As I floated through the window, I briefly noticed the scattered jack-o’-lanterns on the porch. With a gossamer sheet draped over me, I felt like a proper ghost for the first time since my death back in the spring. Time hasn’t been the same since I crossed over, but I wasn’t going to let tonight slip by me. It was my first haunt, after all, and I was going to commit every moment of it to memory. With only one night a year to haunt, I knew exactly where I was headed.
She was sitting at her desk, her laptop screen revealing a mostly written essay. The light from the screen painted her face a pale white, highlighting the dark bags under her eyes. Had she lost weight? Her favourite sweater hanging off her shoulders seemed a little looser than I remembered it.
Even though I wanted to spook her, I wanted to make sure she got her homework done first. Peeking through her things while she finished up, I spotted a familiar photo on her side table. It was a framed childhood photo. The two young girls held watermelon rinds in front of their mouths in mock smiles. Bathing suits and dripping hair completed the summer image. Beside the photo sat trophies from soccer tournaments won. There was even a single chess trophy, from a time before being a nerd wasn’t cool. A thin film of dust covered everything except the photo frame.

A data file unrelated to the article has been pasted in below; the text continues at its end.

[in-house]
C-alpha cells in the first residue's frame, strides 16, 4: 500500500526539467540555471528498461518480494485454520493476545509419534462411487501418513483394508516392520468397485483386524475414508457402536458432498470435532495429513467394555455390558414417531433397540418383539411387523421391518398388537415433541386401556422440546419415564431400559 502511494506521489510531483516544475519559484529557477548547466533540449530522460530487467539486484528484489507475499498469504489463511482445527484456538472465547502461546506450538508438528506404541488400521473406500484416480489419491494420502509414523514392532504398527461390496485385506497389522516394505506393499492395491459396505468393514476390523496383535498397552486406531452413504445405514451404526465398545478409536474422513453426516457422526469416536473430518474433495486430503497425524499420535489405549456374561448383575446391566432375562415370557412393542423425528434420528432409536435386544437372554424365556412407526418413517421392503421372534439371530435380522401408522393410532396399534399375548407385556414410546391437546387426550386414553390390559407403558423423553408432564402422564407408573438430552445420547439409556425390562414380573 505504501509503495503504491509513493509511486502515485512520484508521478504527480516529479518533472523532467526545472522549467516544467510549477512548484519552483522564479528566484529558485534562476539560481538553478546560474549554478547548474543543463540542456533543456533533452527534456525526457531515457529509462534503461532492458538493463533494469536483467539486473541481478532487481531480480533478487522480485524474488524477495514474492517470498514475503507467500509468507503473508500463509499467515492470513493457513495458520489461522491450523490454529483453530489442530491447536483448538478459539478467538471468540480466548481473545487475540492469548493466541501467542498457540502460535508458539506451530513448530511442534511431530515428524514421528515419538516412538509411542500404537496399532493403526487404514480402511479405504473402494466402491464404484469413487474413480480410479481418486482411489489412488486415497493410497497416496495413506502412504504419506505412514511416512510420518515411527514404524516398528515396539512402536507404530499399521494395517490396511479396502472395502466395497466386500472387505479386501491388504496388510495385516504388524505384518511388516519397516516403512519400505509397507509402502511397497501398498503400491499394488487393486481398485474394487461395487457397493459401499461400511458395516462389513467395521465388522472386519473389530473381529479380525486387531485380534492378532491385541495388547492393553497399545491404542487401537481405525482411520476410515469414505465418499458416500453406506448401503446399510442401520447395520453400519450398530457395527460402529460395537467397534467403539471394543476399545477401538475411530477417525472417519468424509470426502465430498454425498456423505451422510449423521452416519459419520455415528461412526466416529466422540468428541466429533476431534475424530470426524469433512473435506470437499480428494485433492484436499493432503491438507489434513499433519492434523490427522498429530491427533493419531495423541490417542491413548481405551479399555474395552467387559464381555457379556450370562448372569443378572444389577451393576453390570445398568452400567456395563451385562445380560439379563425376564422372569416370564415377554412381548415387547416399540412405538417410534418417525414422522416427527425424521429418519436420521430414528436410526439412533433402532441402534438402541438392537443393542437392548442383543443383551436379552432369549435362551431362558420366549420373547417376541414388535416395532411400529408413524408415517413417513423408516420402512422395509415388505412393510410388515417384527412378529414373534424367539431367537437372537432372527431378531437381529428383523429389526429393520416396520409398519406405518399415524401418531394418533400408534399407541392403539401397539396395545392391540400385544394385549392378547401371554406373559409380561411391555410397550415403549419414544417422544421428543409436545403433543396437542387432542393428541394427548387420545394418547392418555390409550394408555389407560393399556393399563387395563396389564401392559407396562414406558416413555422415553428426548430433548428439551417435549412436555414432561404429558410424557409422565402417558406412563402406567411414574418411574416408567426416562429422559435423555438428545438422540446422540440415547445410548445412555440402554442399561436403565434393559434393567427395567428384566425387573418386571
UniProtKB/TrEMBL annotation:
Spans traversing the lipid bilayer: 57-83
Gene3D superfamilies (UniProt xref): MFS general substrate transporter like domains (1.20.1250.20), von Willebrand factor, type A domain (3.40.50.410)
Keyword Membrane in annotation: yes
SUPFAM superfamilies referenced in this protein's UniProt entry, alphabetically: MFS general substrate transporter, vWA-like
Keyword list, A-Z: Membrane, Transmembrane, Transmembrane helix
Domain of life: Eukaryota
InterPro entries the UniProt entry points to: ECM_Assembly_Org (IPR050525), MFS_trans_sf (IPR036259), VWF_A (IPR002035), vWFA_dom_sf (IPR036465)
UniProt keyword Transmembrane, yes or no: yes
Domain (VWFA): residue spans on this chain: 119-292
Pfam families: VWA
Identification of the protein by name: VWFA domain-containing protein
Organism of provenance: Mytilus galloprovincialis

Next, I rifled through her closet. Last year, I would have been angry to find my old t-shirts hanging up here, but now all I can feel is sadness. As I reached out to touch the well-worn fabric of my old camp tee, I watched my transparent sheet pass through the shirt. There was nothing left for me here.
I floated back out of the closet and settled over the bed. She was still typing away on her laptop, occasionally flipping through a book for quotes. As the hours ticked by, I felt a sense of calm settle over me. Watching her almost felt like being alive again.
I startled as she closed the laptop and stood up. I thought I was the one doing the spooking this year. I watched as she rolled her shoulders and checked her phone before approaching the bed. I shifted over as she pulled back the covers and got in. I watched as she reached out for the photo frame, almost in routine fashion, as if she’d done it a million times. I watched as the tears started to drip down her face.
And then with a gentleness I’d never known when I was alive, I reached out and wiped a tear from her face. It takes a lot out of a ghost to cause something to happen, and it would be years before I’d gathered the energy to do it again, but I had to let her know that I was here.
I had to let my sister know that I hadn’t left her. Not on purpose.